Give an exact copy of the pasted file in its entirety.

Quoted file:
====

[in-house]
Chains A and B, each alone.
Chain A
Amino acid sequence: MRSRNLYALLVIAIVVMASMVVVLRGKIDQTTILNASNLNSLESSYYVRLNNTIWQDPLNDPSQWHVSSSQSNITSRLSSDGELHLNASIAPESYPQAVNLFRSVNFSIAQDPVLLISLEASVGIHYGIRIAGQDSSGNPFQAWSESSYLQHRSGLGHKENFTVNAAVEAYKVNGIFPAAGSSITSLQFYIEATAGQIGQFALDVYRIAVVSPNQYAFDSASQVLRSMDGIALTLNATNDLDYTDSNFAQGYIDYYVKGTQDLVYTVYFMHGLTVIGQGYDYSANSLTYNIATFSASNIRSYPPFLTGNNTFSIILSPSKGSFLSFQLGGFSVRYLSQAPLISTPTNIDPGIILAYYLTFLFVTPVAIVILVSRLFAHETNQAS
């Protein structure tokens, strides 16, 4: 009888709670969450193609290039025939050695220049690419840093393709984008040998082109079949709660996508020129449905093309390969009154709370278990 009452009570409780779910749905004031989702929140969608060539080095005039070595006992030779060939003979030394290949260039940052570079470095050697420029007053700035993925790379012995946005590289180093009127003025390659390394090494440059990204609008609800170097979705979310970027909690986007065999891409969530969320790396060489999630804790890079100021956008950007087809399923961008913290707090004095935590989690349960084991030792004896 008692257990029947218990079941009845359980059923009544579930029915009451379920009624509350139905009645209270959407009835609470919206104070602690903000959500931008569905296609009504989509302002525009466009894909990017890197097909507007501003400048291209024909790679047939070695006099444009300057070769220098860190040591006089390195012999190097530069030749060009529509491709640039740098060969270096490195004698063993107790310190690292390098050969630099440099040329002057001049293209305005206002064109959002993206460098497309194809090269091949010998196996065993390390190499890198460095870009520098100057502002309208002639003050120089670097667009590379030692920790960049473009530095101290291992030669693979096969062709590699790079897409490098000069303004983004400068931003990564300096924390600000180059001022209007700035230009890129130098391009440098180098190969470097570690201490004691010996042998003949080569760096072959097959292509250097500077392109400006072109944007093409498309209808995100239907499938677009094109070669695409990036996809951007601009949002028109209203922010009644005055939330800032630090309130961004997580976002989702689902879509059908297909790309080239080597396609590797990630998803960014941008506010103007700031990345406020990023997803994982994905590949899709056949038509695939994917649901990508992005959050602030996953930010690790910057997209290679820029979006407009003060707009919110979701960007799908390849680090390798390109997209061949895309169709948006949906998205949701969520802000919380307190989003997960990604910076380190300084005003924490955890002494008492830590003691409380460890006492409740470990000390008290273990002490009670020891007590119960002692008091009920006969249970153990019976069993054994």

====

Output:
[in-house]
Chains A and B, each alone.
Chain A
Amino acid sequence: MRSRNLYALLVIAIVVMASMVVVLRGKIDQTTILNASNLNSLESSYYVRLNNTIWQDPLNDPSQWHVSSSQSNITSRLSSDGELHLNASIAPESYPQAVNLFRSVNFSIAQDPVLLISLEASVGIHYGIRIAGQDSSGNPFQAWSESSYLQHRSGLGHKENFTVNAAVEAYKVNGIFPAAGSSITSLQFYIEATAGQIGQFALDVYRIAVVSPNQYAFDSASQVLRSMDGIALTLNATNDLDYTDSNFAQGYIDYYVKGTQDLVYTVYFMHGLTVIGQGYDYSANSLTYNIATFSASNIRSYPPFLTGNNTFSIILSPSKGSFLSFQLGGFSVRYLSQAPLISTPTNIDPGIILAYYLTFLFVTPVAIVILVSRLFAHETNQAS
């Protein structure tokens, strides 16, 4: 009888709670969450193609290039025939050695220049690419840093393709984008040998082109079949709660996508020129449905093309390969009154709370278990 009452009570409780779910749905004031989702929140969608060539080095005039070595006992030779060939003979030394290949260039940052570079470095050697420029007053700035993925790379012995946005590289180093009127003025390659390394090494440059990204609008609800170097979705979310970027909690986007065999891409969530969320790396060489999630804790890079100021956008950007087809399923961008913290707090004095935590989690349960084991030792004896 008692257990029947218990079941009845359980059923009544579930029915009451379920009624509350139905009645209270959407009835609470919206104070602690903000959500931008569905296609009504989509302002525009466009894909990017890197097909507007501003400048291209024909790679047939070695006099444009300057070769220098860190040591006089390195012999190097530069030749060009529509491709640039740098060969270096490195004698063993107790310190690292390098050969630099440099040329002057001049293209305005206002064109959002993206460098497309194809090269091949010998196996065993390390190499890198460095870009520098100057502002309208002639003050120089670097667009590379030692920790960049473009530095101290291992030669693979096969062709590699790079897409490098000069303004983004400068931003990564300096924390600000180059001022209007700035230009890129130098391009440098180098190969470097570690201490004691010996042998003949080569760096072959097959292509250097500077392109400006072109944007093409498309209808995100239907499938677009094109070669695409990036996809951007601009949002028109209203922010009644005055939330800032630090309130961004997580976002989702689902879509059908297909790309080239080597396609590797990630998803960014941008506010103007700031990345406020990023997803994982994905590949899709056949038509695939994917649901990508992005959050602030996953930010690790910057997209290679820029979006407009003060707009919110979701960007799908390849680090390798390109997209061949895309169709948006949906998205949701969520802000919380307190989003997960990604910076380190300084005003924490955890002494008492830590003691409380460890006492409740470990000390008290273990002490009670020891007590119960002692008091009920006969249970153990019976069993054994």